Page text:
Developers find it easier and quicker to assemble applications using well-built third-party components. Many of these components are open source. However, the rise in open source usage has led to increasing vulnerabilities. US Senators Gary Peters (D-MI) and Rob Portman (R-OH) introduced bipartisan legislation, the Securing Open Source Software Act, to strengthen open source security. In this article at ZDNet, Steven Vaughan-Nichols sheds light on the Act and explains some possible loopholes.
Open Source Security: What Does the Act Say?
The US government has worked with tech organizations such as Linux Foundation and the Open Source Security Foundation for over two years to develop robust security initiatives. “The Securing Open Source Software Act, however, moves open source from the realm of policy and regulation decisions into federal law. This bill will direct the Cybersecurity and Infrastructure Security Agency (CISA) to develop a risk framework to evaluate how open source code is used by the federal government,” says Vaughan-Nichols.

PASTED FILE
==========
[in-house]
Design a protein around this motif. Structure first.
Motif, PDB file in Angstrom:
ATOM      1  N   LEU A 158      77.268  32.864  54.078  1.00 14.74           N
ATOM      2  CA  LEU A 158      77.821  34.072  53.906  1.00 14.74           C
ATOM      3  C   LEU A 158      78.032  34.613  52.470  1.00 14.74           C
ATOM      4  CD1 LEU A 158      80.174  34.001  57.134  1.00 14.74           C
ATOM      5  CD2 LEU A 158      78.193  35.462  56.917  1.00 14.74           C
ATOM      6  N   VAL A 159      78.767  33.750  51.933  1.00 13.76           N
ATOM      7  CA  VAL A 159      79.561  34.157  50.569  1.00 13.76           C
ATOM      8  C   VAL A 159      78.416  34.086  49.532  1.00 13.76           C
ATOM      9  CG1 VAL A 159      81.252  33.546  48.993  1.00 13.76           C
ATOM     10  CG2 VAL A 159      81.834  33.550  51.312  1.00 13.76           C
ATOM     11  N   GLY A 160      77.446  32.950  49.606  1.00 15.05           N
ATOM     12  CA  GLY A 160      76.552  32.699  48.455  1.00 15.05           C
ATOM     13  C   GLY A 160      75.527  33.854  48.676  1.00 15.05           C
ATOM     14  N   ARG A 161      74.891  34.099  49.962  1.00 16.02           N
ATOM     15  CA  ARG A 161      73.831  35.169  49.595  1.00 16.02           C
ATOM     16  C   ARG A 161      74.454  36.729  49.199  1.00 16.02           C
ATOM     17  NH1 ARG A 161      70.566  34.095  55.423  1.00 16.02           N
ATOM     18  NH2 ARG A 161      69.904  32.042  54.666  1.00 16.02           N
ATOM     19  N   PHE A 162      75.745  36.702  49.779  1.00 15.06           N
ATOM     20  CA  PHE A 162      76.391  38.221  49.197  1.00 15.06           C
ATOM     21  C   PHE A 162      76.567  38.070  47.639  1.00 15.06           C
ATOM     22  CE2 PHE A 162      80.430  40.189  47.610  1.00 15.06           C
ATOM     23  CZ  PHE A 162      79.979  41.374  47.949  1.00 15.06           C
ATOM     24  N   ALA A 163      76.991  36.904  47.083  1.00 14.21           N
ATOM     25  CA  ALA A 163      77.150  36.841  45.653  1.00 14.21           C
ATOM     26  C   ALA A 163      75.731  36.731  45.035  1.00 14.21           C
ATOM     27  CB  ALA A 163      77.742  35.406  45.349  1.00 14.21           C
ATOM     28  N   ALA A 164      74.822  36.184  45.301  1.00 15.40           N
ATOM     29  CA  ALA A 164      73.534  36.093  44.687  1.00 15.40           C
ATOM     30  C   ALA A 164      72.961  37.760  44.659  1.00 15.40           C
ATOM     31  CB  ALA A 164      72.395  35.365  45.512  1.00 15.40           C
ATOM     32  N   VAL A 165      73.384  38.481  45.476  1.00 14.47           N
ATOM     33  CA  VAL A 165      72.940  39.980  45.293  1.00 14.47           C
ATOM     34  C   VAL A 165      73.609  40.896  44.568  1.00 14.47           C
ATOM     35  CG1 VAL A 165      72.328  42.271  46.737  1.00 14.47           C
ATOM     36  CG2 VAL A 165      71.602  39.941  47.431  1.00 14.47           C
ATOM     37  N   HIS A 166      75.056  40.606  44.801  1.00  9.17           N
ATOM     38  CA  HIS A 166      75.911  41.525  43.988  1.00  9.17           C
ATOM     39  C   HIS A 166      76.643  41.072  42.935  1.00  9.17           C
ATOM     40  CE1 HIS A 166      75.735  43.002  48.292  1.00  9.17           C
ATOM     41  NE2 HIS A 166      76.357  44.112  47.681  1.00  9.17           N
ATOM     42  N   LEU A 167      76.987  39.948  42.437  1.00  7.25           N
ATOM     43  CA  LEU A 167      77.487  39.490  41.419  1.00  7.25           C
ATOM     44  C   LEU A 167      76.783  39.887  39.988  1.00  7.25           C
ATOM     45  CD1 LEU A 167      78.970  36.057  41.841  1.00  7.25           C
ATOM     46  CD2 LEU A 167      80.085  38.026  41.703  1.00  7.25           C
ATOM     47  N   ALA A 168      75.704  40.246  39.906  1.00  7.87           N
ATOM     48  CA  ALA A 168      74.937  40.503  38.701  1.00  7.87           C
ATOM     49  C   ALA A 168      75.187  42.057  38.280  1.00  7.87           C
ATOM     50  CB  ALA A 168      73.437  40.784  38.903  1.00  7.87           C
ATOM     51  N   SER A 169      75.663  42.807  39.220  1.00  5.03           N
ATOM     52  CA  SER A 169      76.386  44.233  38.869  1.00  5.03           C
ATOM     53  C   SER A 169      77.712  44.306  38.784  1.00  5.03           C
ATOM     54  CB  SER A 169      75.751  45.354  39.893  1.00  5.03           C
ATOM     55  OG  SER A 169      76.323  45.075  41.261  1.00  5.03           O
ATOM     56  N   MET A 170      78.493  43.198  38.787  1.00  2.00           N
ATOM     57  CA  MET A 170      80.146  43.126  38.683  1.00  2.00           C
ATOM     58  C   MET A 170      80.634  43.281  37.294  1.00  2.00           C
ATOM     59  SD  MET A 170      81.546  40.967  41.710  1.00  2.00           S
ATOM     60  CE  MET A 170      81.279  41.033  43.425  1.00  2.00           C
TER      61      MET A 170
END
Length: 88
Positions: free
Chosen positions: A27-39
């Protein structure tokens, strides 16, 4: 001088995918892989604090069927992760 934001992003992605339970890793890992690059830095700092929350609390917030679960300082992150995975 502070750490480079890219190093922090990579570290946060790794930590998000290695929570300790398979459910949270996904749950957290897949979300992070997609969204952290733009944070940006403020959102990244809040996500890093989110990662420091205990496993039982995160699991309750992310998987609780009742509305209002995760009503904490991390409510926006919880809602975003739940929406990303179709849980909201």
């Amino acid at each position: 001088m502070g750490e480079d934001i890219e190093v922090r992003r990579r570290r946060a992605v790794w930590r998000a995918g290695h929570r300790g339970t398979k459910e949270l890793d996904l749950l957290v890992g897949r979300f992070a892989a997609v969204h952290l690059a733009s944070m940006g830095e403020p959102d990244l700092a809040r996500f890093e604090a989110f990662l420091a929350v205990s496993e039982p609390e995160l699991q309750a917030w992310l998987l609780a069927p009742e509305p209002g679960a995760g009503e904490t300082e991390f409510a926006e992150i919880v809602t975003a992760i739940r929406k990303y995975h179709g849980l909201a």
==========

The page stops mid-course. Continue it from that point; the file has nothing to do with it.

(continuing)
The law is rooted in the Log4j vulnerability that caused widespread and significant damage to federal systems and critical infrastructure. Security professionals believe that Log4j served as a wake-up call for the federal government. The act aims to guard organizations against incidents like Log4j by mitigating risks in the system using open source components. Furthermore, it also seeks to strengthen the government’s and open source communities’ collaboration.
What Are the Potential Loopholes of the Act?
The bill misses a few points. The author points out that all software, not just open source, should be checked for potential risk. Security professionals welcome government involvement in open source security efforts. However, they believe that government should foster collaboration rather than create a checklist that adds more work for critical open source software. Furthermore, open source software advocates worry that the burden of government mandates will undoubtedly fall on the already-burdened open source community.
To read more about the Act, click on https://www.zdnet.com/article/whats-what-in-the-united-states-securing-open-source-software-act/.
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